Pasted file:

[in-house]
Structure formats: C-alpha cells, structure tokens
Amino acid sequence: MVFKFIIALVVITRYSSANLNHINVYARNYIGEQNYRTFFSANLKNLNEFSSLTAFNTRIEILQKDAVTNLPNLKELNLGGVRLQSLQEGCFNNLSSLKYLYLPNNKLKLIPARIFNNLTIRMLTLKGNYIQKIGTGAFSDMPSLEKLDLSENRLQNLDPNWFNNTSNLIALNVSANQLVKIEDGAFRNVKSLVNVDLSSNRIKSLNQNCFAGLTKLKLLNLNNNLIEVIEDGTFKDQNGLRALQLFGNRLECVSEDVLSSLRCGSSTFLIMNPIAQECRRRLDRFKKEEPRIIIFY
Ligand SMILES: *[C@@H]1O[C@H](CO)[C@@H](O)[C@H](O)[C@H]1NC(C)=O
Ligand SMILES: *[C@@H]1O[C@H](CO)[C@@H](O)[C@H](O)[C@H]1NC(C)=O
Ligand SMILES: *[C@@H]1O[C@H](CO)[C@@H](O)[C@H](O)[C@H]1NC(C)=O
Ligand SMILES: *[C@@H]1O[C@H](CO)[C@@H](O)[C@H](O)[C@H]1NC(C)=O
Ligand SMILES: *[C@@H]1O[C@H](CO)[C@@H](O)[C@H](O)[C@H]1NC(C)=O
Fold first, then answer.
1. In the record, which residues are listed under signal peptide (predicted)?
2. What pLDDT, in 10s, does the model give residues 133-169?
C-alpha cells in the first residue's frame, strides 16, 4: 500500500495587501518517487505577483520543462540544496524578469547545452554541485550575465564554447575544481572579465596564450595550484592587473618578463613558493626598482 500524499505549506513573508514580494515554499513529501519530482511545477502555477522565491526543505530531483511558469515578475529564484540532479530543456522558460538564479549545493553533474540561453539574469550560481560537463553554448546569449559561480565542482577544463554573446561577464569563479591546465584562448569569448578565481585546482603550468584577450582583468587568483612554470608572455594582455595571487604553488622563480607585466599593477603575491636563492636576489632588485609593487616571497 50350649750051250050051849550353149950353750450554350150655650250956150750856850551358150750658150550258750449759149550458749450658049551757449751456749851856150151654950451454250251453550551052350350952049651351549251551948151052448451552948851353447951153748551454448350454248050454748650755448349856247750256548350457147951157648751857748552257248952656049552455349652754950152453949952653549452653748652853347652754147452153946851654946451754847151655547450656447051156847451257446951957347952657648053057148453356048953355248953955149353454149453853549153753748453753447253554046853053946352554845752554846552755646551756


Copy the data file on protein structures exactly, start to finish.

[in-house]
Structure formats: C-alpha cells, structure tokens
Amino acid sequence: MVFKFIIALVVITRYSSANLNHINVYARNYIGEQNYRTFFSANLKNLNEFSSLTAFNTRIEILQKDAVTNLPNLKELNLGGVRLQSLQEGCFNNLSSLKYLYLPNNKLKLIPARIFNNLTIRMLTLKGNYIQKIGTGAFSDMPSLEKLDLSENRLQNLDPNWFNNTSNLIALNVSANQLVKIEDGAFRNVKSLVNVDLSSNRIKSLNQNCFAGLTKLKLLNLNNNLIEVIEDGTFKDQNGLRALQLFGNRLECVSEDVLSSLRCGSSTFLIMNPIAQECRRRLDRFKKEEPRIIIFY
Ligand SMILES: *[C@@H]1O[C@H](CO)[C@@H](O)[C@H](O)[C@H]1NC(C)=O
Ligand SMILES: *[C@@H]1O[C@H](CO)[C@@H](O)[C@H](O)[C@H]1NC(C)=O
Ligand SMILES: *[C@@H]1O[C@H](CO)[C@@H](O)[C@H](O)[C@H]1NC(C)=O
Ligand SMILES: *[C@@H]1O[C@H](CO)[C@@H](O)[C@H](O)[C@H]1NC(C)=O
Ligand SMILES: *[C@@H]1O[C@H](CO)[C@@H](O)[C@H](O)[C@H]1NC(C)=O
Fold first, then answer.
1. In the record, which residues are listed under signal peptide (predicted)?
2. What pLDDT, in 10s, does the model give residues 133-169?
C-alpha cells in the first residue's frame, strides 16, 4: 500500500495587501518517487505577483520543462540544496524578469547545452554541485550575465564554447575544481572579465596564450595550484592587473618578463613558493626598482 500524499505549506513573508514580494515554499513529501519530482511545477502555477522565491526543505530531483511558469515578475529564484540532479530543456522558460538564479549545493553533474540561453539574469550560481560537463553554448546569449559561480565542482577544463554573446561577464569563479591546465584562448569569448578565481585546482603550468584577450582583468587568483612554470608572455594582455595571487604553488622563480607585466599593477603575491636563492636576489632588485609593487616571497 50350649750051250050051849550353149950353750450554350150655650250956150750856850551358150750658150550258750449759149550458749450658049551757449751456749851856150151654950451454250251453550551052350350952049651351549251551948151052448451552948851353447951153748551454448350454248050454748650755448349856247750256548350457147951157648751857748552257248952656049552455349652754950152453949952653549452653748652853347652754147452153946851654946451754847151655547450656447051156847451257446951957347952657648053057148453356048953355248953955149353454149453853549153753748453753447253554046853053946352554845752554846552755646551756